Copyright Law

Copyright Troll’s Methods Hit in Counterclaim Citing First Amendment

A copyright troll that purchases rights to stories in the Las Vegas Review-Journal and then sues alleged infringers is facing some pushback in an answer and counterclaim that cites the First Amendment.

The copyright troll, Righthaven, has sued more than 140 blogs and websites for alleged copyright infringement. One of the defendants, the left-leaning Democratic Underground online discussion forum, is fighting back with the help of the Electronic Frontier Foundation and the Winston & Strawn law firm, according to the Associated Press and an EFF press release.

The August lawsuit filed against the Democratic Underground seeks damages for a five-sentence excerpt from a 54-sentence Review-Journal article about the tea party movement, posted by a user who linked back to the original article. The answer (PDF) asserts Righthaven’s claim is barred by the fair use doctrine, the First Amendment, the doctrine of unclean hands, and “copyright misuse.”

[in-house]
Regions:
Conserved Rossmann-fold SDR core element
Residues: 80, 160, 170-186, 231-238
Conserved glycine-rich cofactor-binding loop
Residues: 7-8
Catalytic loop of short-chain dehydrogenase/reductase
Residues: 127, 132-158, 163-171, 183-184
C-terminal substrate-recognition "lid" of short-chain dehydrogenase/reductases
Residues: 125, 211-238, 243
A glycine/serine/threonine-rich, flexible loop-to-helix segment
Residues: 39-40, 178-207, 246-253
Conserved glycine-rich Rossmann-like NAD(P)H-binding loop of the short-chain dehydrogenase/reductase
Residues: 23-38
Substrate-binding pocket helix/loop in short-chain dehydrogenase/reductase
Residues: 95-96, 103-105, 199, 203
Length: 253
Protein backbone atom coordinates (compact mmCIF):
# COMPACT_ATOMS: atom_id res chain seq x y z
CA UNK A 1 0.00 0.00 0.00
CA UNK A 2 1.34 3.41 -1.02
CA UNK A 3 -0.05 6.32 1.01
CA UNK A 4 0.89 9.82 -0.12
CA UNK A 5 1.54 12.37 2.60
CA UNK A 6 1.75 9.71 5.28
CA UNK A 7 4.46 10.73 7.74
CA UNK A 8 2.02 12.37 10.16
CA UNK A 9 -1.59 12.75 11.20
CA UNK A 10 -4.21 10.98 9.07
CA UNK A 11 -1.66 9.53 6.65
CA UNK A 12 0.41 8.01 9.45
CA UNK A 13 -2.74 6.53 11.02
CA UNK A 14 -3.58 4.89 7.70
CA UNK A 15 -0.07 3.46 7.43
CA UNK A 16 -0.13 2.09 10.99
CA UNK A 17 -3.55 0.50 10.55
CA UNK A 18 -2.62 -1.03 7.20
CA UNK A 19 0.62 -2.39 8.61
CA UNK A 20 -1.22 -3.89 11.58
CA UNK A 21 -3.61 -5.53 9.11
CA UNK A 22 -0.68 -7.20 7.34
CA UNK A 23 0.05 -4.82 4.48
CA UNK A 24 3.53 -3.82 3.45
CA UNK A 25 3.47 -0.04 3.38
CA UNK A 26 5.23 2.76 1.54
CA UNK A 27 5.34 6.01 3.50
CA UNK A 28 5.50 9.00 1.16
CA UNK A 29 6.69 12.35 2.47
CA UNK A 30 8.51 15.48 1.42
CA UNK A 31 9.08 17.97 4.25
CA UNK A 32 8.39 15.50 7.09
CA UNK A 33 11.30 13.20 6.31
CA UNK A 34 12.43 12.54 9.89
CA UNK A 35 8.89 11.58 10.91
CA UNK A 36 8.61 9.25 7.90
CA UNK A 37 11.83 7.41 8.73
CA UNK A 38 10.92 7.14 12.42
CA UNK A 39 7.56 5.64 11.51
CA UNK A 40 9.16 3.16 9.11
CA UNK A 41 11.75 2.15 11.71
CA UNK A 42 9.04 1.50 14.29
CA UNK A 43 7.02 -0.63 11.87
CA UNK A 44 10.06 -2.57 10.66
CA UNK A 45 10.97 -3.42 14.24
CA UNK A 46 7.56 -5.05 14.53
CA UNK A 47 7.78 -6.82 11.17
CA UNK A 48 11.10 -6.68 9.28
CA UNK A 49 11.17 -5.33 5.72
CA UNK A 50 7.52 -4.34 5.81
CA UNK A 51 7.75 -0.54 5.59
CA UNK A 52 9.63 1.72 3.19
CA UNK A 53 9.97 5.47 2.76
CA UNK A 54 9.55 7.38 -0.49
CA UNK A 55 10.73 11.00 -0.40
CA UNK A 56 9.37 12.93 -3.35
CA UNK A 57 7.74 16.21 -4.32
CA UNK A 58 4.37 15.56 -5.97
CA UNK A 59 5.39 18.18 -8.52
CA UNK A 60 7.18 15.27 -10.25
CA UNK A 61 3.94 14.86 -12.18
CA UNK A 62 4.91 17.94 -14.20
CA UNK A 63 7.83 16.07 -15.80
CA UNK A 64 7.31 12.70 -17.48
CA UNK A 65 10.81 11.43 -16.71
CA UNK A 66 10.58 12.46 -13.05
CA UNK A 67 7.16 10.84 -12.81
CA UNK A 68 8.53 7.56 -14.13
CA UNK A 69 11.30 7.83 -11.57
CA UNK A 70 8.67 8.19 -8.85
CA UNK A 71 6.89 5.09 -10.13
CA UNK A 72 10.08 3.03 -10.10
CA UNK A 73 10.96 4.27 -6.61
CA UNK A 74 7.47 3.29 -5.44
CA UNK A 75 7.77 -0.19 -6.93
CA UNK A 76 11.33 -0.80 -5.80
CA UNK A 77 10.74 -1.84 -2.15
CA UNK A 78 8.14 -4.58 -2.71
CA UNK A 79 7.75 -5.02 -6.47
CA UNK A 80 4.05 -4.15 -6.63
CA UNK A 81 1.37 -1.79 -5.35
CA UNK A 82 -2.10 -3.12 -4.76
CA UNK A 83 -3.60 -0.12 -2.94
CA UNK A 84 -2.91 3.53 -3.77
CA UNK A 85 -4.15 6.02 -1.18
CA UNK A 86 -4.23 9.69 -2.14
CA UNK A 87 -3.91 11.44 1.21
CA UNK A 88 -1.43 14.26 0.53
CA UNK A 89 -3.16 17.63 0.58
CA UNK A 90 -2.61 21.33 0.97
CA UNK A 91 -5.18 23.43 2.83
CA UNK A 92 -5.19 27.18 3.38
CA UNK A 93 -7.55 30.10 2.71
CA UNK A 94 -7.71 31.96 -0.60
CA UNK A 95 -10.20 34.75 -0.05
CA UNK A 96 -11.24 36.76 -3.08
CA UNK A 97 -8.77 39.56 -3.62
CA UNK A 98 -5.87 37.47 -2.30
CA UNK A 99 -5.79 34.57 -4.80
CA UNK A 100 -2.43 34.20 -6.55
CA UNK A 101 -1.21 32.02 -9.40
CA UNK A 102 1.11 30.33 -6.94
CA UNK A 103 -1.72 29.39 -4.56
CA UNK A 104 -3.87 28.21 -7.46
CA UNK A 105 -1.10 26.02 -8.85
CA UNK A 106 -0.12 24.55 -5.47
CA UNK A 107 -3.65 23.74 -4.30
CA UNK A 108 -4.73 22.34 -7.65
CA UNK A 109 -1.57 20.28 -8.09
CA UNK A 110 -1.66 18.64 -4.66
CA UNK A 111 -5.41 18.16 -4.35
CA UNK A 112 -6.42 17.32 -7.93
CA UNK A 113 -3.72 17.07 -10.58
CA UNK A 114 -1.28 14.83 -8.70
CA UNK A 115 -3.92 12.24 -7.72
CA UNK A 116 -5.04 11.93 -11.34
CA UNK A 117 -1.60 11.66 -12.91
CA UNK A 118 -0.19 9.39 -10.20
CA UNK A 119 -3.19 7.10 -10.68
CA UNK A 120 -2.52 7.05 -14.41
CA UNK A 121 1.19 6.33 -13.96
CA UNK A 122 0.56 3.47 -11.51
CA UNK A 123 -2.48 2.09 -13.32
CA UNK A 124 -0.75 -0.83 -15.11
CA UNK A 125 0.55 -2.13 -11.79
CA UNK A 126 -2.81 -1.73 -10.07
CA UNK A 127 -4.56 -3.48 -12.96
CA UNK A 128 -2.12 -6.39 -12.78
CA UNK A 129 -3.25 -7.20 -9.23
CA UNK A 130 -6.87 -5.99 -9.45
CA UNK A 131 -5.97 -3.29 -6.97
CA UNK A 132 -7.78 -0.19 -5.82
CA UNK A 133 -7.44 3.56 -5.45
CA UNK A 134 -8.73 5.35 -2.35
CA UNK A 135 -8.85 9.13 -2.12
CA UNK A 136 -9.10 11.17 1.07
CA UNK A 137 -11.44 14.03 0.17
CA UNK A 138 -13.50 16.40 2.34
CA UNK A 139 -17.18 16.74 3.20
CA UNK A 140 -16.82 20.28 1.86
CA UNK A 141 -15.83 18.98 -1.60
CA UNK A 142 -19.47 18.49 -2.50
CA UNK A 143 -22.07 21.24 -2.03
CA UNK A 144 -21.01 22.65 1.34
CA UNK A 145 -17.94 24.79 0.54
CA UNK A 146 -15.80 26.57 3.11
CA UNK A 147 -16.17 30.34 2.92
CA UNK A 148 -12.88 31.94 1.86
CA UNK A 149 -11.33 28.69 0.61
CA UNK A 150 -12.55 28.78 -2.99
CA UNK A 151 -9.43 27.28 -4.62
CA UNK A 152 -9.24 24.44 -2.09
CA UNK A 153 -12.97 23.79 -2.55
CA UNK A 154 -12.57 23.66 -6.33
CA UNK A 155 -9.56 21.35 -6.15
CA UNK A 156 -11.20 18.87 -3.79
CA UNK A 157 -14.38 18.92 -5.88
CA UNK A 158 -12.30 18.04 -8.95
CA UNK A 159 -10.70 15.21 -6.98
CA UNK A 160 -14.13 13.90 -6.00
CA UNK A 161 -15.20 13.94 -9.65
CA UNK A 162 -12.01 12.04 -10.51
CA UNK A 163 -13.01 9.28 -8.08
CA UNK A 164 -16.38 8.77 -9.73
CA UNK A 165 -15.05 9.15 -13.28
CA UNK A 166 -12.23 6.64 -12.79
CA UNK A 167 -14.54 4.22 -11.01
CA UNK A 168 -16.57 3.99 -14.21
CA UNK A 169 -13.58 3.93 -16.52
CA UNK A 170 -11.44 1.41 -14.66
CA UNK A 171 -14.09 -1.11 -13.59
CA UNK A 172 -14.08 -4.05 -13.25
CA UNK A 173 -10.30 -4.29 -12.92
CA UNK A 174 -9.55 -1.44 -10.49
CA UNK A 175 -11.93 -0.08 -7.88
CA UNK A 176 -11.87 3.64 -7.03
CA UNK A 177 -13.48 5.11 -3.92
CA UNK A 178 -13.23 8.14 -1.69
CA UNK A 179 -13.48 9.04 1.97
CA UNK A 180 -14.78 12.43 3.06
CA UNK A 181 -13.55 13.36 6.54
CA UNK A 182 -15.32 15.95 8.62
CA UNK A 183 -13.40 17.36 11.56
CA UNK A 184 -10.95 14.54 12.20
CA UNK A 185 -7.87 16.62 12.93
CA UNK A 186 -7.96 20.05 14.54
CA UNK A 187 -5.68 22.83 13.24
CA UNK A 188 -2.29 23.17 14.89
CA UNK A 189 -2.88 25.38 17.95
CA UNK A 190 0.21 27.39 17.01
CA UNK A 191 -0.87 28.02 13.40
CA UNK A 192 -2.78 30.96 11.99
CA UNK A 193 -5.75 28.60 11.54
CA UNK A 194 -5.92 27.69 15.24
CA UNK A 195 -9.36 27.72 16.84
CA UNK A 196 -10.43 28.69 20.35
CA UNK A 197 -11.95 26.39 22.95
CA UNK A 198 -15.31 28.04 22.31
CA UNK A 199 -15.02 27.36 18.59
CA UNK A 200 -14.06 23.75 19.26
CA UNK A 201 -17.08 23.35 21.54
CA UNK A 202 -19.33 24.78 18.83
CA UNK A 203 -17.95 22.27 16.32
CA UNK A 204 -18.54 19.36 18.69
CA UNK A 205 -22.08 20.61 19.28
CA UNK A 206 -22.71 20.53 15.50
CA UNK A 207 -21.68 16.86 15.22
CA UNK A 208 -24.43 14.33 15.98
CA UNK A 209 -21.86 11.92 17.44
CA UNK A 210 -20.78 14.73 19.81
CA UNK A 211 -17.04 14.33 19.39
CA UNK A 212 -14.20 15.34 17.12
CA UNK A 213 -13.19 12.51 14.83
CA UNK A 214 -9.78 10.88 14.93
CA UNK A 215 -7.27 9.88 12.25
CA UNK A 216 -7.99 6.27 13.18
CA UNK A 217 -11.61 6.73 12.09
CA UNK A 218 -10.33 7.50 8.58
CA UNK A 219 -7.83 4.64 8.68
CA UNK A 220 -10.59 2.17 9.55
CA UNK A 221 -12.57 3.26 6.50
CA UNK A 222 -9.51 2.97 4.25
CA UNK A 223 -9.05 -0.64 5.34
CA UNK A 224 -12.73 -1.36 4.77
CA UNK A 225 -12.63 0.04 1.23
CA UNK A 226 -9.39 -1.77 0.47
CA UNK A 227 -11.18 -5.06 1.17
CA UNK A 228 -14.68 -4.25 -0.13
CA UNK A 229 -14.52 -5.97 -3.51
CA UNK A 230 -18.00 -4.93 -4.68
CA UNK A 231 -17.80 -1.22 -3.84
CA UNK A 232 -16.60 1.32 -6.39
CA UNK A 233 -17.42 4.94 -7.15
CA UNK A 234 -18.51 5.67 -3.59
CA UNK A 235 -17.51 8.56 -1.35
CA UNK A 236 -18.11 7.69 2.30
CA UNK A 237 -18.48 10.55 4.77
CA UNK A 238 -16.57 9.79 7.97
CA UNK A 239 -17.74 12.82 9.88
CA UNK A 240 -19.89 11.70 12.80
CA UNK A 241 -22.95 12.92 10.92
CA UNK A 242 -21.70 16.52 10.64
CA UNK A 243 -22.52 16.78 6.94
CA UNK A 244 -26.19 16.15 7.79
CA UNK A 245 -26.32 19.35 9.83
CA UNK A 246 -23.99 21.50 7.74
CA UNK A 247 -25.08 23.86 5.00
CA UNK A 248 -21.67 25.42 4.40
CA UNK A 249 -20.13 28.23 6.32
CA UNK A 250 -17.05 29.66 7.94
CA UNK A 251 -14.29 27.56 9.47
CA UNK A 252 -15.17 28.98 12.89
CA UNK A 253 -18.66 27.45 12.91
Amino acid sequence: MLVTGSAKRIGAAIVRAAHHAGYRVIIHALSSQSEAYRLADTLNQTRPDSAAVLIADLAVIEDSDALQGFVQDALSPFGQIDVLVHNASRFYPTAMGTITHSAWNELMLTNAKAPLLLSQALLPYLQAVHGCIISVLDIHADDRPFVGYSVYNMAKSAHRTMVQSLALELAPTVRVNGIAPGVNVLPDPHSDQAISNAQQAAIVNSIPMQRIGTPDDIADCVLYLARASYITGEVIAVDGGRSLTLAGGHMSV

The document also links Righthaven to the Review-Journal’s corporate parent, Stephens Media. It alleges that Stephens Media or its CEO provided the initial funding for Righthaven, and Stephens Media receives a share of any settlement or recovery.

“This case is a particularly abusive instance of a broad and aggressive strategy by Stephens Media, working in conjunction with its ‘little friend’ Righthaven as its front and sham representative, to seek windfall recoveries of statutory damages and to exact nuisance settlements by challenging a fair use of an excerpt of an article that Stephens Media makes freely available on the Internet,” the answer and counterclaim says.

The document also contends that the Review-Journal is guilty of the same kind of conduct that has resulted in Righthaven’s lawsuit, since it allows commenters to post up to one paragraph of copyrighted content, and its own employees have used excerpts of copyrighted materials.

Righthaven’s CEO, Steve Gibson, told AP that the allegations in the answer are “inflammatory.”

“That’s just ridiculous, and the reason it is ridiculous is that I don’t think there has been any defendant that we’ve called to shake them down for a settlement,” he said.

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